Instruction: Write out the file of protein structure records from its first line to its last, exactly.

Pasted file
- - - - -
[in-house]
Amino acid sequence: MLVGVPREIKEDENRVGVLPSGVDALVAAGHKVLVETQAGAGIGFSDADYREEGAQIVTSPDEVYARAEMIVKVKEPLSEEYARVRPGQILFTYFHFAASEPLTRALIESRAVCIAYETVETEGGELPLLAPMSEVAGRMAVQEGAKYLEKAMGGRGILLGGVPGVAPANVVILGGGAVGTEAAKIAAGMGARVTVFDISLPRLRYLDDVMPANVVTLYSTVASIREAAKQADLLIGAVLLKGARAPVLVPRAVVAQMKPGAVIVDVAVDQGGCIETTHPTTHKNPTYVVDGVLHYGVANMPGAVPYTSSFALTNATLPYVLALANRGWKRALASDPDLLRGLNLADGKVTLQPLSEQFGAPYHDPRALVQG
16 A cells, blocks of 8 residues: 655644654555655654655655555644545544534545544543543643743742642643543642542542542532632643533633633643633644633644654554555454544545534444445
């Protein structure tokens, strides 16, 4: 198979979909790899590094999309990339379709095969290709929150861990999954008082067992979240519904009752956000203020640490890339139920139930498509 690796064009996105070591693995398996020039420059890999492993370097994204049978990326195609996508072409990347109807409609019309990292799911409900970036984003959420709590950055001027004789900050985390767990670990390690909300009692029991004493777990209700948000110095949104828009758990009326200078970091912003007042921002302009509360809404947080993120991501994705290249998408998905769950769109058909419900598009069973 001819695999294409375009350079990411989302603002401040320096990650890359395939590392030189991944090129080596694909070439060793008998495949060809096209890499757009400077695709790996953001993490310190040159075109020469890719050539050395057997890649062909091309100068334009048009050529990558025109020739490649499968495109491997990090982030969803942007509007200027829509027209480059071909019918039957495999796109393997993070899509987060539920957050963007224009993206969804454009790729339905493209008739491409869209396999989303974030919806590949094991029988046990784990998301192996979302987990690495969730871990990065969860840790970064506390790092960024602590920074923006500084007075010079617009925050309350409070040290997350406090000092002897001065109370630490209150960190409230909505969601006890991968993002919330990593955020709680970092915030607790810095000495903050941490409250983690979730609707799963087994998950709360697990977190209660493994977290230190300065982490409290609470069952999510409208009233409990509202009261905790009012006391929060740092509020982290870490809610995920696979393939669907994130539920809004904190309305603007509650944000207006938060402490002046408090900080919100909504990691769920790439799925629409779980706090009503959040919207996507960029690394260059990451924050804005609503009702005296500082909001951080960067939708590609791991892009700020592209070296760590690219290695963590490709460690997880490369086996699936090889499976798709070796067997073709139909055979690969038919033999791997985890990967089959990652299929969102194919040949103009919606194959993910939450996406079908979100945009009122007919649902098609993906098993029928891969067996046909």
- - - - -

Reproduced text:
[in-house]
Amino acid sequence: MLVGVPREIKEDENRVGVLPSGVDALVAAGHKVLVETQAGAGIGFSDADYREEGAQIVTSPDEVYARAEMIVKVKEPLSEEYARVRPGQILFTYFHFAASEPLTRALIESRAVCIAYETVETEGGELPLLAPMSEVAGRMAVQEGAKYLEKAMGGRGILLGGVPGVAPANVVILGGGAVGTEAAKIAAGMGARVTVFDISLPRLRYLDDVMPANVVTLYSTVASIREAAKQADLLIGAVLLKGARAPVLVPRAVVAQMKPGAVIVDVAVDQGGCIETTHPTTHKNPTYVVDGVLHYGVANMPGAVPYTSSFALTNATLPYVLALANRGWKRALASDPDLLRGLNLADGKVTLQPLSEQFGAPYHDPRALVQG
16 A cells, blocks of 8 residues: 655644654555655654655655555644545544534545544543543643743742642643543642542542542532632643533633633643633644633644654554555454544545534444445
């Protein structure tokens, strides 16, 4: 198979979909790899590094999309990339379709095969290709929150861990999954008082067992979240519904009752956000203020640490890339139920139930498509 690796064009996105070591693995398996020039420059890999492993370097994204049978990326195609996508072409990347109807409609019309990292799911409900970036984003959420709590950055001027004789900050985390767990670990390690909300009692029991004493777990209700948000110095949104828009758990009326200078970091912003007042921002302009509360809404947080993120991501994705290249998408998905769950769109058909419900598009069973 001819695999294409375009350079990411989302603002401040320096990650890359395939590392030189991944090129080596694909070439060793008998495949060809096209890499757009400077695709790996953001993490310190040159075109020469890719050539050395057997890649062909091309100068334009048009050529990558025109020739490649499968495109491997990090982030969803942007509007200027829509027209480059071909019918039957495999796109393997993070899509987060539920957050963007224009993206969804454009790729339905493209008739491409869209396999989303974030919806590949094991029988046990784990998301192996979302987990690495969730871990990065969860840790970064506390790092960024602590920074923006500084007075010079617009925050309350409070040290997350406090000092002897001065109370630490209150960190409230909505969601006890991968993002919330990593955020709680970092915030607790810095000495903050941490409250983690979730609707799963087994998950709360697990977190209660493994977290230190300065982490409290609470069952999510409208009233409990509202009261905790009012006391929060740092509020982290870490809610995920696979393939669907994130539920809004904190309305603007509650944000207006938060402490002046408090900080919100909504990691769920790439799925629409779980706090009503959040919207996507960029690394260059990451924050804005609503009702005296500082909001951080960067939708590609791991892009700020592209070296760590690219290695963590490709460690997880490369086996699936090889499976798709070796067997073709139909055979690969038919033999791997985890990967089959990652299929969102194919040949103009919606194959993910939450996406079908979100945009009122007919649902098609993906098993029928891969067996046909």